Google has so far not given an exact figure for the number of Honeycomb tablets sold, but that doesn't mean we can't deduce a rough estimate of 3.42 million based on all of its other published data.

Yesterday during the company's quarterly earnings call, CEO Larry Page revealed that 190 million Android devices had been activated. The other piece of the puzzle comes from Android developer's page on current platform distribution, and as of October 3rd, just 1.8 percent of the Android devices that had recently accessed the market were Honeycomb (versions 3.0, 3.1, or 3.2). In other words, (190 million devices) * (1.8 percent) = 3.42 million. Whoever said math wasn't helpful?

There are, of course, a number of a caveats with this figure. That 1.8 percent figure is just under two weeks old, and although we're not expecting a dramatic rise in Honeycomb sales, there's a good chance that number will fluctuate (either up or down, based on the relative sales of Gingerbread and Froyo devices). Additionally, it only tracks devices that access the Android market — far be it for us to judge a Honeycomb owner that doesn't use the market, but they assuredly exist.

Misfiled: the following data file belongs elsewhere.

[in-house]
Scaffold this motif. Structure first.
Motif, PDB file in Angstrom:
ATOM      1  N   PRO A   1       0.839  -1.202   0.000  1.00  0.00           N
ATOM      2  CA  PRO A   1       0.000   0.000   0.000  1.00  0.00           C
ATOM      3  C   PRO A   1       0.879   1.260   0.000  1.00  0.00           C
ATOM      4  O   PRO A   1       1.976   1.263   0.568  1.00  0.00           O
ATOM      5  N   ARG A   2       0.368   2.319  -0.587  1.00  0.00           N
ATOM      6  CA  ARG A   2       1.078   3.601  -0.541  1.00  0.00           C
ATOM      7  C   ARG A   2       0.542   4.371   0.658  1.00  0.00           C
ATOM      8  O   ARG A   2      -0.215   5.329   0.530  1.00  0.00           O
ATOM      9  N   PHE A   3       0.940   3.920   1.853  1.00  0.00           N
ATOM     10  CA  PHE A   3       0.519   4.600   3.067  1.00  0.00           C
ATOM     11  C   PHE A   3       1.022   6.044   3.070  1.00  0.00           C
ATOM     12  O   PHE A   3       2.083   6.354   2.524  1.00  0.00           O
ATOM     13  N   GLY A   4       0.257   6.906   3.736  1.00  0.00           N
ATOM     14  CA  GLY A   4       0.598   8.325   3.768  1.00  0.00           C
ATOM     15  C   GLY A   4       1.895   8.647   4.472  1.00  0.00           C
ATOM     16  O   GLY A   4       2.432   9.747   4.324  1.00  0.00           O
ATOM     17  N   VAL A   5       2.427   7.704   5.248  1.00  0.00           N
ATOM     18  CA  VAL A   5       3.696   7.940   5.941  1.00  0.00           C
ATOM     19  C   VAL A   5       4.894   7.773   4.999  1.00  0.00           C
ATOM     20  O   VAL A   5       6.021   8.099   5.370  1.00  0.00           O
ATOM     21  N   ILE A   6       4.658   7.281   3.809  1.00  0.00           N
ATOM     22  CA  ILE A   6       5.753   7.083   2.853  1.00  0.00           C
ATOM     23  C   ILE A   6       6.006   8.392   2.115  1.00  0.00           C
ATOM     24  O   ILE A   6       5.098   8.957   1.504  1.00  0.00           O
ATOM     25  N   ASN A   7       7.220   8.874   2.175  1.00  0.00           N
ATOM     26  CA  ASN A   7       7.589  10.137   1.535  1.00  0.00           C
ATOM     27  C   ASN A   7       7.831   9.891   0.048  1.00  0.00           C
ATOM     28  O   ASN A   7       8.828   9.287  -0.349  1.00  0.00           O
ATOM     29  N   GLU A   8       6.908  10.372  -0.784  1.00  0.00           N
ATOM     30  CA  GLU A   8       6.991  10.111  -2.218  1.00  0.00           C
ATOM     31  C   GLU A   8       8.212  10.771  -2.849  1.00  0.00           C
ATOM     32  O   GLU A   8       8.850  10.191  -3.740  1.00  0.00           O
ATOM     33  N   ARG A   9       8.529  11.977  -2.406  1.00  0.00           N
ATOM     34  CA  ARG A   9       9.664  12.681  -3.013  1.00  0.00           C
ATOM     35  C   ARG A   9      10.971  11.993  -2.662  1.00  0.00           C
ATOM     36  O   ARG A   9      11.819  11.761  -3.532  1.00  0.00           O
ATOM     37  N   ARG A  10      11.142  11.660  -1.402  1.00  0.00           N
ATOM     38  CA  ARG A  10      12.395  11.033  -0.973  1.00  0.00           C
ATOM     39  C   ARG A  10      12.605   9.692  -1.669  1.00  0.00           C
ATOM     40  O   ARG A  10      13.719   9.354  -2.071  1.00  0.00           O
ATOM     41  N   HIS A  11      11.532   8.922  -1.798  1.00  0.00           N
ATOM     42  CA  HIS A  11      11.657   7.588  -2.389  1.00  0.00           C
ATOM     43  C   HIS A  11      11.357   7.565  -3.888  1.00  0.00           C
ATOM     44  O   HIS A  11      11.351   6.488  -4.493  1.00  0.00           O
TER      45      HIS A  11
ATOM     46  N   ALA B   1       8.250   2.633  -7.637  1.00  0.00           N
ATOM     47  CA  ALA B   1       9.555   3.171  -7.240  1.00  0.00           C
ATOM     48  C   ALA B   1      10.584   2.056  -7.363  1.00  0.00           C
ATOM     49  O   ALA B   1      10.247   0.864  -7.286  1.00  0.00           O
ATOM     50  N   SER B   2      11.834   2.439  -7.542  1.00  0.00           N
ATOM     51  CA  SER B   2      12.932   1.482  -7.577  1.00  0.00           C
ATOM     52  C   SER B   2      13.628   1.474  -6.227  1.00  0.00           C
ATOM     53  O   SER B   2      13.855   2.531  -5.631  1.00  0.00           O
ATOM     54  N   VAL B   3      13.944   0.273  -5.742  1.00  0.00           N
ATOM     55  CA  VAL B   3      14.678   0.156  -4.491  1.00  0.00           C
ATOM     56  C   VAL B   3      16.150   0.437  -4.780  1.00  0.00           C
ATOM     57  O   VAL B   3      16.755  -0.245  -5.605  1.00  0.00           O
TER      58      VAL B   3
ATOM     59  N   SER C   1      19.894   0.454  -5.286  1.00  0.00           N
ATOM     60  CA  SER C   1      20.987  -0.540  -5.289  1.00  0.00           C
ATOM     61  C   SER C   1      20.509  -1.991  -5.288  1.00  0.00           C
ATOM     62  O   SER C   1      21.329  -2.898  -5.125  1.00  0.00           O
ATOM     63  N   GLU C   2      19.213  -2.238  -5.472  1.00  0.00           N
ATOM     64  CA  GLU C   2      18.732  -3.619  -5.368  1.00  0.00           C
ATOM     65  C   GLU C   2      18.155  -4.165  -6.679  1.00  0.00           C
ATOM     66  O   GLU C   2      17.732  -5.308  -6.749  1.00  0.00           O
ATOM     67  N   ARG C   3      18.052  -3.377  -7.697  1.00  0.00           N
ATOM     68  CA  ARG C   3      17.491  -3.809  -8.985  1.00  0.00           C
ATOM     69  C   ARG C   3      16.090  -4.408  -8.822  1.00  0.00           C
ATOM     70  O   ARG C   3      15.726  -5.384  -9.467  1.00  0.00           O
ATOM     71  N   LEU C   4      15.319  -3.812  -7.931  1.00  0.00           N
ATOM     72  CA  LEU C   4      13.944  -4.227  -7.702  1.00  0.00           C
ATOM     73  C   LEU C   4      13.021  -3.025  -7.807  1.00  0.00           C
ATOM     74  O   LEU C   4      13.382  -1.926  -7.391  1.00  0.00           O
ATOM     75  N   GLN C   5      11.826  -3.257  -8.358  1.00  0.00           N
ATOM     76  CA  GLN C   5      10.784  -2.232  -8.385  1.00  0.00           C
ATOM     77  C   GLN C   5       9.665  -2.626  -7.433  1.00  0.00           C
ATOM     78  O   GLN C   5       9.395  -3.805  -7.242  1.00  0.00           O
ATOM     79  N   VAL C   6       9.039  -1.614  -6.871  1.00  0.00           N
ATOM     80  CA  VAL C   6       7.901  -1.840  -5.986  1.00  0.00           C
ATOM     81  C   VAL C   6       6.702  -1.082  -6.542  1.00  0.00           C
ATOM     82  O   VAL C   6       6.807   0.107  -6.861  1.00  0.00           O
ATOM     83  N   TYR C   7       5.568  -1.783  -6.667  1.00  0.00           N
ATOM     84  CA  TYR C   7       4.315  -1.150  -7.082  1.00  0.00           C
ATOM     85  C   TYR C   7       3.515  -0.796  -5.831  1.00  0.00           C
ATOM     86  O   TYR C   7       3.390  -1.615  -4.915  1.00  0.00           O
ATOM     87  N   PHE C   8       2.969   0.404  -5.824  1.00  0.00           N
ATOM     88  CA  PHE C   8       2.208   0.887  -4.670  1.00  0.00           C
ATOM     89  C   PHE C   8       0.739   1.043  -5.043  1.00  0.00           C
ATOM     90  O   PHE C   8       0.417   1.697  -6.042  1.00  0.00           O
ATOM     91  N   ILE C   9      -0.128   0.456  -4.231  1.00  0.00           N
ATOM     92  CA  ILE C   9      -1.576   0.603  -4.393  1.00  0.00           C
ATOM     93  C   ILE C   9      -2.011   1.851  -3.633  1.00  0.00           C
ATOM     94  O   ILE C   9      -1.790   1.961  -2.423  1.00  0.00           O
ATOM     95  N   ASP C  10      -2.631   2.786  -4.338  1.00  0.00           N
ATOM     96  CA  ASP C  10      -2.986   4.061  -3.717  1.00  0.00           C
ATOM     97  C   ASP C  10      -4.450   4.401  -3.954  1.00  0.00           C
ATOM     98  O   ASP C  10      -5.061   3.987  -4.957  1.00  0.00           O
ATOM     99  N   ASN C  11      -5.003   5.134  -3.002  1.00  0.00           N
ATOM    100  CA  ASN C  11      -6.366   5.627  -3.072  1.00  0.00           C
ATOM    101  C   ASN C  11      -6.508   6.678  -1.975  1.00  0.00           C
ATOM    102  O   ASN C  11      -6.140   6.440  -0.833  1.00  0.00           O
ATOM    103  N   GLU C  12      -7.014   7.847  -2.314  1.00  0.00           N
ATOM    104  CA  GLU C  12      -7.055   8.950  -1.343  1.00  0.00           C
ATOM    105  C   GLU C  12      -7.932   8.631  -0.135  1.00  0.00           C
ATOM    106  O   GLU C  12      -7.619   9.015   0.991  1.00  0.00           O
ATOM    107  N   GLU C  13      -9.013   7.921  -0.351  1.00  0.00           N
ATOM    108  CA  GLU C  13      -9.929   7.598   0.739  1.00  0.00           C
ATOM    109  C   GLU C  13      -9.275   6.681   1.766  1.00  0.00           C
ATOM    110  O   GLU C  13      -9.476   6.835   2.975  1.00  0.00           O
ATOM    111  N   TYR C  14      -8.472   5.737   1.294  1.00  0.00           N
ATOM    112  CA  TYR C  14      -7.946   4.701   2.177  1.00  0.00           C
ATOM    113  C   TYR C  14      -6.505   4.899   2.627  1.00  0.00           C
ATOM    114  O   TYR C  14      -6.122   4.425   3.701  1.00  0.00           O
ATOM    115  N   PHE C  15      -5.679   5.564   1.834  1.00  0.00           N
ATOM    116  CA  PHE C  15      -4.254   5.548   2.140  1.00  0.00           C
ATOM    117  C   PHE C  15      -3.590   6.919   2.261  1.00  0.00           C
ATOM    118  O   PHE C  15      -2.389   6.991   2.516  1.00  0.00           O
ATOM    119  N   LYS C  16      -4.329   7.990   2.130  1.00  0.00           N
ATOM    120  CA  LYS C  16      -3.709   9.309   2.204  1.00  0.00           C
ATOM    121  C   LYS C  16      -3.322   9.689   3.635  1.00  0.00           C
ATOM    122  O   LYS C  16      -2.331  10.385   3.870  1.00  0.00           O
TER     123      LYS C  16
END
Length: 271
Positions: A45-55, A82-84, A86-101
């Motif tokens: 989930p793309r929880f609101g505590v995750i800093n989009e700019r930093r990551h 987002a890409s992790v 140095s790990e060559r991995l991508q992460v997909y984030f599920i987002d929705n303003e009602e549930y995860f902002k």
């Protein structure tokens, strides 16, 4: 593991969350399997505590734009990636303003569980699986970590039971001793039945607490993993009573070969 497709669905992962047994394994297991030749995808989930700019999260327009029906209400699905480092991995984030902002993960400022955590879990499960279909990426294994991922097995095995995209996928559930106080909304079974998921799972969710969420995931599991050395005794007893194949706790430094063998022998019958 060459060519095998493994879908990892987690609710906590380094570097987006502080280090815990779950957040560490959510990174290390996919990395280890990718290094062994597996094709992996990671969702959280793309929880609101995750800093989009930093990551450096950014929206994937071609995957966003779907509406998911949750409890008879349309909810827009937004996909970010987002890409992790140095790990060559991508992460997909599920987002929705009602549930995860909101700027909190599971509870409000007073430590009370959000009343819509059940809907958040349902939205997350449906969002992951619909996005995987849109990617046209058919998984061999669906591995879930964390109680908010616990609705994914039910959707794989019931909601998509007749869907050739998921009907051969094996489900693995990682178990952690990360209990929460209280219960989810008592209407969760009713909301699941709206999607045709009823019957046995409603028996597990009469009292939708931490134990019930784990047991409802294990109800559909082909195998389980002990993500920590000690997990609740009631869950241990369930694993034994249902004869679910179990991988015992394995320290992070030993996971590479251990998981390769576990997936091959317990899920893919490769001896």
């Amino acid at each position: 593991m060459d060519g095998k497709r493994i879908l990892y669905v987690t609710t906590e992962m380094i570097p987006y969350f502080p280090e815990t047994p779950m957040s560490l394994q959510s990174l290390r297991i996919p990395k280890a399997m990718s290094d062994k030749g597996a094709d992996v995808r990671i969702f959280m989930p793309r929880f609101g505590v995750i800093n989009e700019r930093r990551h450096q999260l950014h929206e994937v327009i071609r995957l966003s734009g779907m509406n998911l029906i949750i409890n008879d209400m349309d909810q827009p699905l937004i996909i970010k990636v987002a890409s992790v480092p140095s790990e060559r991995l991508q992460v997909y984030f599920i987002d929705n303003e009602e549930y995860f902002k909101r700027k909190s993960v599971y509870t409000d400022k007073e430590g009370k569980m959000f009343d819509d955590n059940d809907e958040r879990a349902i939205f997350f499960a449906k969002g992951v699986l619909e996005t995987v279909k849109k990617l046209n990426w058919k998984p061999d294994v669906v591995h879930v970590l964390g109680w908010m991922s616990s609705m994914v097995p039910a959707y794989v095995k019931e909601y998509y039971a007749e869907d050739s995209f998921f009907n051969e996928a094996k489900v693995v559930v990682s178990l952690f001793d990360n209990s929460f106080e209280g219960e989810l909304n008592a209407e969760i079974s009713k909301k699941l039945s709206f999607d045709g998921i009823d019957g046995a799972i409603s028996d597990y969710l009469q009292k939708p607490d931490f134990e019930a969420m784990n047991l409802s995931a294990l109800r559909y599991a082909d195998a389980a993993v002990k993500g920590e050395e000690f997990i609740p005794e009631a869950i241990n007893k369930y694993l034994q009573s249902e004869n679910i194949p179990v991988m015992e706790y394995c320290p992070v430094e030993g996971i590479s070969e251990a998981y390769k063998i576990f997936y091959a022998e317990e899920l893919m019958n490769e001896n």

Finally, and most importantly, Android tablets running Gingerbread — of which there are still numerous — aren't counted in the 3.42 million. The total number of Gingerbread devices (phone and tablet) make up 38.7 percent of the distribution, or approximately 73.5 million — and that number is sure to rise given the Gingerbread-powered Amazon Kindle Fire and the hundreds of Gingerbread phones due out before every company gets a row at the yet-to-be-unveiled Ice Cream Sandwich update.

To say there are only 3.42 million Android tablets in the market thus far, in the seven months since the first Honeycomb device (Motorola Xoom) was released, isn't quite a fair statement. Still, consider Apple's claim that it can sells 3 out of every 4 tablets in the US, quarterly reports of 7.33 million iPads over a holiday quarter, and an estimated 1 million in the iPad 2's launch weekend alone. It's clear that Google has a long battle of itself.